Boeing Crisis Stephen Brashear, Getty Images
Boeing CEO Dennis Muilenburg could use some crisis management lessons.

'A' Is for Empathy

The first response to a crisis, large or small, shouldn't be an outpouring of confidence.

A friend and I had just boarded the plane to Florida and found our seats. Our school-age daughters were sitting a few rows behind us. I was already feeling a little apprehensive about granting them this independence when a police officer, handcuffs clasped to his belt, entered the cabin. He walked to the third or fourth row and apprehended a dark-skinned, middle-aged man, escorting him off the plane. The man’s young daughter, who looked to be about kindergarten age, was left in the row by herself, watching this happen. 

People exchanged looks of fear and incomprehension. The human brain loves narrative, so in our heads we were trying out different stories: Was this man being targeted by ICE? Was he on the terrorist list? Was he being wrongly accused of something? What was going on?

Turns out, the man’s bag was too big to qualify as a personal item and he had refused to pay a $50 carry-on fee. He paid (presumably), he was let back on and reunited with his daughter. 

I wondered about this show of authority. Had the airline not learned anything from the United Airlines incident where a doctor was dragged off the plane for refusing to give up his seat? That went viral and damaged the company’s reputation. 

I suspect that like me, some fellow passengers were also on edge because it was just days after the Ethiopian Airlines crash, and Boeing was still insisting to the world that its 737 Max 8 planes were faultless and did not need to be grounded. 

In all three of these incidents—United, Boeing and, on a much smaller level, the budget airline I was flying—the initial response was brash rather than humane. In the airline incidents, customers were treated like criminals when they weren’t doing anything criminal. In the Boeing incident, CEO Dennis Muilenburg’s main message was confidence in his company and his jets when he should have been acknowledging a terrible tragedy, expressing sincere sympathy to all who lost family members in the crash, and recommending the grounding of all 737 Max 8’s until an investigation determined they were safe to fly.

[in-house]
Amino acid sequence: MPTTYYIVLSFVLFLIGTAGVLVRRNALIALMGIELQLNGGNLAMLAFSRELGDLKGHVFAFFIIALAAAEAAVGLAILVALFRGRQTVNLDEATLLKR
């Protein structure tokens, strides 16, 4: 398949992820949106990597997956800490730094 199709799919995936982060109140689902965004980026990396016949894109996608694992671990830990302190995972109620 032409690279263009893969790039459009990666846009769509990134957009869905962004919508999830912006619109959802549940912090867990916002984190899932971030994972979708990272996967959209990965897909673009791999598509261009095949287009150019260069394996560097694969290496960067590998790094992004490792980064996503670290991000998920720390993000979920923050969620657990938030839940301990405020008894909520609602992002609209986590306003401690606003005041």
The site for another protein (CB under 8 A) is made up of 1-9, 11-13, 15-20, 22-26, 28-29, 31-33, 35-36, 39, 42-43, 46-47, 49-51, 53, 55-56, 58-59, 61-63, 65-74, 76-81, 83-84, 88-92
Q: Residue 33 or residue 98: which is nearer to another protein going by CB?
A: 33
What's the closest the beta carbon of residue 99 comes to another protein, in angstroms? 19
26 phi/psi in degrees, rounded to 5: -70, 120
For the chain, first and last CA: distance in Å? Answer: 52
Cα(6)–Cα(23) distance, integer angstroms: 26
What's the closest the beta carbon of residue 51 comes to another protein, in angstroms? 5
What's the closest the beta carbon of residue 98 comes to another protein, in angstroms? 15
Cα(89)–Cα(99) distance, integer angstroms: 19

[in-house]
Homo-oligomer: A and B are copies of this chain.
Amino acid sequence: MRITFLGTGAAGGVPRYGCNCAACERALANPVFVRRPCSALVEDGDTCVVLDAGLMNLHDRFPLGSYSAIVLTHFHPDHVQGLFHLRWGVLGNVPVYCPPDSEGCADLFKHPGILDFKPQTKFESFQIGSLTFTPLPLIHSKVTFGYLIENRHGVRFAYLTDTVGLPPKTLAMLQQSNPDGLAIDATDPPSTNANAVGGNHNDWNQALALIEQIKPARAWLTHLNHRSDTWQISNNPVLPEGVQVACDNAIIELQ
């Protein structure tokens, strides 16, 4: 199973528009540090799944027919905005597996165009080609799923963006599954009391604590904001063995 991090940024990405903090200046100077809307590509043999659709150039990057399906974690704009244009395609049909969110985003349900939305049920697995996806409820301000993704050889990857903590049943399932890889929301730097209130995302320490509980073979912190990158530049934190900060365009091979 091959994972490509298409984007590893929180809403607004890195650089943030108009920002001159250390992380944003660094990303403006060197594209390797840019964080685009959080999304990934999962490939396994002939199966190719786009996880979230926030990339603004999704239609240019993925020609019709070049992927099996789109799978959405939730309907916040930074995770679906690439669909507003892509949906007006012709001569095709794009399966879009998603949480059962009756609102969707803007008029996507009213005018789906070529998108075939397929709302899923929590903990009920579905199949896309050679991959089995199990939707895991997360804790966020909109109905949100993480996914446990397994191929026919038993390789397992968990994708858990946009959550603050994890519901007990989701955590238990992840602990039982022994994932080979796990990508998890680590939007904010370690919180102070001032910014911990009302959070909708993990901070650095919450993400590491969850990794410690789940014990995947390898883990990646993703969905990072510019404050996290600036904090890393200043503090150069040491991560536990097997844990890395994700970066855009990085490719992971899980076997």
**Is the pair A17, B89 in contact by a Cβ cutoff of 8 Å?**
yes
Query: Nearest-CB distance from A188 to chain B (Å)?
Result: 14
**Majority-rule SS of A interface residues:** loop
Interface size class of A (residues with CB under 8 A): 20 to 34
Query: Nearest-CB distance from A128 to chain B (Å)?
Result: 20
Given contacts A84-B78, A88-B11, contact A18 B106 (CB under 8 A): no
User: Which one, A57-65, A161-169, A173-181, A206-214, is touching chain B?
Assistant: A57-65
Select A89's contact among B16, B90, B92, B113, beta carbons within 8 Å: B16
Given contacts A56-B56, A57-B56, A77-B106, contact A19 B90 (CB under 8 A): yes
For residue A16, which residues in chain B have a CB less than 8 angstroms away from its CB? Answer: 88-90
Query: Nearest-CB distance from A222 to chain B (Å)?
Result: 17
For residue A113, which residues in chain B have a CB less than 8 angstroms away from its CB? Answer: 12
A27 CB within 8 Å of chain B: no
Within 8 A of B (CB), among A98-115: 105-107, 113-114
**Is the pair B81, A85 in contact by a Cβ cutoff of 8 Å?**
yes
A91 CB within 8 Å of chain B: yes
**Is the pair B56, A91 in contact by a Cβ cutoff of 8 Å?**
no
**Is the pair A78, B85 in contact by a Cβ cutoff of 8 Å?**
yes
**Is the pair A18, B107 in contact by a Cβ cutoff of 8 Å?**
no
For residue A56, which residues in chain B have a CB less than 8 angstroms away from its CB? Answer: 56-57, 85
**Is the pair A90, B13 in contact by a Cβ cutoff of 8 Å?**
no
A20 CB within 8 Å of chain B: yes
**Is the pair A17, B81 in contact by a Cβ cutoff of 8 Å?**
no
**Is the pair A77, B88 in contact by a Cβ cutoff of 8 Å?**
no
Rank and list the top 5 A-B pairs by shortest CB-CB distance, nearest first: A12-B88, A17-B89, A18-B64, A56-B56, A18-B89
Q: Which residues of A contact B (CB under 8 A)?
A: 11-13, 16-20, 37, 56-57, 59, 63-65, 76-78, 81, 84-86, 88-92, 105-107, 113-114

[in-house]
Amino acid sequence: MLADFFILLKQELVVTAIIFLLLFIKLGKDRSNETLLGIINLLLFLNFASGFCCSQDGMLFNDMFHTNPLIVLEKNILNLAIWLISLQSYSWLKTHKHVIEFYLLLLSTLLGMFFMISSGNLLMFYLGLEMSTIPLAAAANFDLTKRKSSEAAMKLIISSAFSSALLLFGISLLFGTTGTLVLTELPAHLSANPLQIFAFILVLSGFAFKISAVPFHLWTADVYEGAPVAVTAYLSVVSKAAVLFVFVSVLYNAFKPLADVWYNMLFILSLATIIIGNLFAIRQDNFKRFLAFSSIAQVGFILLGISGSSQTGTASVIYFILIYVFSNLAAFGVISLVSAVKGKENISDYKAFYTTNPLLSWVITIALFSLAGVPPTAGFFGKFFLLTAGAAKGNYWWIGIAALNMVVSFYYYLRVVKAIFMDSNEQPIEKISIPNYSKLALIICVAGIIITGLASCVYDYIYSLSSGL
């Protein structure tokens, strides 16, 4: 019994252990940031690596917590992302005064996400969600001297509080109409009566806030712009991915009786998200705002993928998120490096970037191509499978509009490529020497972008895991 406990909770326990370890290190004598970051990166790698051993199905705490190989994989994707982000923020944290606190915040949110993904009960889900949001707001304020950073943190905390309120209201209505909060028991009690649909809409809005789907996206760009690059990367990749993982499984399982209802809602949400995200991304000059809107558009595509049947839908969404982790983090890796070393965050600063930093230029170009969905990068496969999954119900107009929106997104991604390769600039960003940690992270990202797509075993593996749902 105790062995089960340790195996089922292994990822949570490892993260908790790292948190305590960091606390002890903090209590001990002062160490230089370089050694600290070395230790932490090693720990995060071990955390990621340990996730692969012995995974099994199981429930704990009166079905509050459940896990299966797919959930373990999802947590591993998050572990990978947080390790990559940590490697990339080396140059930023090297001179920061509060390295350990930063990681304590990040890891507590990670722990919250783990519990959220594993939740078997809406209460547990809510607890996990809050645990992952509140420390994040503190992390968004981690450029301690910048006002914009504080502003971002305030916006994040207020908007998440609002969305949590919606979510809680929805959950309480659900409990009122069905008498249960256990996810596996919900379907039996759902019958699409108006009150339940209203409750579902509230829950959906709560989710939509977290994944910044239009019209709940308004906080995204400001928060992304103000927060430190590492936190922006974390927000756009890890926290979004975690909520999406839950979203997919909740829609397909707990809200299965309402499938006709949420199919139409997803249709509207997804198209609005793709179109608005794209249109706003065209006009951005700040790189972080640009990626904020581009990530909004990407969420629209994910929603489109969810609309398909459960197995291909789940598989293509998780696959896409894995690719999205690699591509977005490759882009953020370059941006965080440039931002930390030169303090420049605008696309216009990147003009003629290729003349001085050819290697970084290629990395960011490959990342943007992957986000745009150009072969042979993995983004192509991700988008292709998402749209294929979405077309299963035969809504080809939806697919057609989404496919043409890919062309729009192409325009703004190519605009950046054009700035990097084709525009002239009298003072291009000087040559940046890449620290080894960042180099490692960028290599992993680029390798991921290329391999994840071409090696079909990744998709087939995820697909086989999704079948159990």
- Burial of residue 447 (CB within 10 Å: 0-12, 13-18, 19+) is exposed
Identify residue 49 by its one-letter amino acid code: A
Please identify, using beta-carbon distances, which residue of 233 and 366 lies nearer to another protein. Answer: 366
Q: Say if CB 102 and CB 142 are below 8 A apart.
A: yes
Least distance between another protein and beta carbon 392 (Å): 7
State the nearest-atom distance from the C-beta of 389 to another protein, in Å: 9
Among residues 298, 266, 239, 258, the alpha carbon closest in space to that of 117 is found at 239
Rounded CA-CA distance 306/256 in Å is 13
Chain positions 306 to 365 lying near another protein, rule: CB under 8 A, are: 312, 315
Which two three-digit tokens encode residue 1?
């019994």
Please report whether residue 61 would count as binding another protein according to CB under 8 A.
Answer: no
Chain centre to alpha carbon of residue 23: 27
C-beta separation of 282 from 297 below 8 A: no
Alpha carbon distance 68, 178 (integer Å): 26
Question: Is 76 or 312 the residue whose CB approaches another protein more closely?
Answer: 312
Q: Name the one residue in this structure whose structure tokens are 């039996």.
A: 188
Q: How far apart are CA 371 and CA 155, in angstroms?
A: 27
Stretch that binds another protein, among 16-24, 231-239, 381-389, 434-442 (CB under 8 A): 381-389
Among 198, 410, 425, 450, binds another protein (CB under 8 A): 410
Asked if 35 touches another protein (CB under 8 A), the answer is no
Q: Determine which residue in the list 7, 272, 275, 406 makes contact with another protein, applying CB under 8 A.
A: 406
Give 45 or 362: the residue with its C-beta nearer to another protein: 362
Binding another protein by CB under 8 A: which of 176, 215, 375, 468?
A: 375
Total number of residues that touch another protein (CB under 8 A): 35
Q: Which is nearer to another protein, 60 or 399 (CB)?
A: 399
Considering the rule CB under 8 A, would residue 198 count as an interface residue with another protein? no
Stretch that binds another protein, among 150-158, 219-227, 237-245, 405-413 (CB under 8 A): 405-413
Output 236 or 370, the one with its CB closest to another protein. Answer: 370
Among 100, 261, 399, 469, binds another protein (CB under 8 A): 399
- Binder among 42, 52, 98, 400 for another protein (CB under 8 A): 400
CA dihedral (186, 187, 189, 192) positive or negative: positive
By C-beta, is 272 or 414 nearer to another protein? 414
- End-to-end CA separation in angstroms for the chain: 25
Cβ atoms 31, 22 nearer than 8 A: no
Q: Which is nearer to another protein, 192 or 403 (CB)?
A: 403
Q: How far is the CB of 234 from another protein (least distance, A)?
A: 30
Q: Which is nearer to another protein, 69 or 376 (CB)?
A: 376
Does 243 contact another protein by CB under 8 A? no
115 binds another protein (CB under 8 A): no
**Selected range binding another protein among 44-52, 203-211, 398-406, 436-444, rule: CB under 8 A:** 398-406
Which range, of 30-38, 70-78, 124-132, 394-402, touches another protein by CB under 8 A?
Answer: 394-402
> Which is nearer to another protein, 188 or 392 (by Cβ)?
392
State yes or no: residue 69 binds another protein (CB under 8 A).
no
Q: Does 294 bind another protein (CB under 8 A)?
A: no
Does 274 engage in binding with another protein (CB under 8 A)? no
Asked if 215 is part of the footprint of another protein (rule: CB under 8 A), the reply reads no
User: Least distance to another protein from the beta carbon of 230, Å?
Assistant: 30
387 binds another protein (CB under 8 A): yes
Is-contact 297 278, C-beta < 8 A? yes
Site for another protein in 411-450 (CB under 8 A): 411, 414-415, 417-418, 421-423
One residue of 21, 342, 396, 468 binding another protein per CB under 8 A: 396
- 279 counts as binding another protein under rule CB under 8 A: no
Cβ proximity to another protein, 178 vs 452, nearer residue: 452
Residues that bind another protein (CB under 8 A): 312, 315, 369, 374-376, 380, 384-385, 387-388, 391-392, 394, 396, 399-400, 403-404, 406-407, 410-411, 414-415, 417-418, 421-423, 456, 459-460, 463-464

I find it astounding, in an era when any random person can be shamed around the world for bad behavior caught on video, that some corporate leaders are still so removed from their customers that during a crisis, they reflexively respond with risk management or corporate attorney-speak instead of reflexively responding with empathy. This culture of ass-covering and victim-blaming trickles down to their employees as well when they must handle their own, smaller crises.

Southwest Airlines, like Boeing, had a near-flawless record in 2018 when it lost a passenger after an engine failure /emergency landing, note Leonard Marcus and Eric McNulty, authors of the forthcoming You’re It: Crisis, Change and How to Lead When It Matters Most. Unlike Boeing, Southwest did not spend the following hours chest-pounding about its stellar safety record. Instead CEO Gary Kelly (pictured above) got on YouTube, expressed his condolences, and acknowledged it was a sad day in the company’s history. “That didn’t cost him any money, but that investment of himself made such a difference in the midst of a crisis,” said Marcus.

McNulty asked me how I thought the airline should have responded to the situation on my flight. Instead of summoning a police officer, I said, how about letting the man off with a warning and not making a scene about the $50?

It’s always best to treat people as fellow humans. If a situation involving customers demands quick action and you have to decide between empathy and risk management, I say take a deep breath and go with empathy. Leave the attorneys in the background. They already have enough to do.
 

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